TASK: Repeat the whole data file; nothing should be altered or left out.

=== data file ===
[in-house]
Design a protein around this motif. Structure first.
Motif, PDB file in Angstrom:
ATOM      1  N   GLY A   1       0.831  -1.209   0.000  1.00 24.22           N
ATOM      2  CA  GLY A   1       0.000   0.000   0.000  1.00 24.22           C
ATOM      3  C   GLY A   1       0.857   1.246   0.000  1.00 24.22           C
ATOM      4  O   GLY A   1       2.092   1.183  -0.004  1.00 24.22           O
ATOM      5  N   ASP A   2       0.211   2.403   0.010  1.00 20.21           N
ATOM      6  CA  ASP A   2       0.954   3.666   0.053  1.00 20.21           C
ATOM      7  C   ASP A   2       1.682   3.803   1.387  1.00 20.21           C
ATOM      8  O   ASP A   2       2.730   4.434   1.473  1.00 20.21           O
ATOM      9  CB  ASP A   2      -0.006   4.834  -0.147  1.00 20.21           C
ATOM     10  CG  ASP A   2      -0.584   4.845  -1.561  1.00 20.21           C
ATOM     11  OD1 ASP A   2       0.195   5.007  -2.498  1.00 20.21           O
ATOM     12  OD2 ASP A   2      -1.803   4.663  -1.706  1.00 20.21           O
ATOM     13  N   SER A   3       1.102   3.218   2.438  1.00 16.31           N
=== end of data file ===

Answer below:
[in-house]
Design a protein around this motif. Structure first.
Motif, PDB file in Angstrom:
ATOM      1  N   GLY A   1       0.831  -1.209   0.000  1.00 24.22           N
ATOM      2  CA  GLY A   1       0.000   0.000   0.000  1.00 24.22           C
ATOM      3  C   GLY A   1       0.857   1.246   0.000  1.00 24.22           C
ATOM      4  O   GLY A   1       2.092   1.183  -0.004  1.00 24.22           O
ATOM      5  N   ASP A   2       0.211   2.403   0.010  1.00 20.21           N
ATOM      6  CA  ASP A   2       0.954   3.666   0.053  1.00 20.21           C
ATOM      7  C   ASP A   2       1.682   3.803   1.387  1.00 20.21           C
ATOM      8  O   ASP A   2       2.730   4.434   1.473  1.00 20.21           O
ATOM      9  CB  ASP A   2      -0.006   4.834  -0.147  1.00 20.21           C
ATOM     10  CG  ASP A   2      -0.584   4.845  -1.561  1.00 20.21           C
ATOM     11  OD1 ASP A   2       0.195   5.007  -2.498  1.00 20.21           O
ATOM     12  OD2 ASP A   2      -1.803   4.663  -1.706  1.00 20.21           O
ATOM     13  N   SER A   3       1.102   3.218   2.438  1.00 16.31           N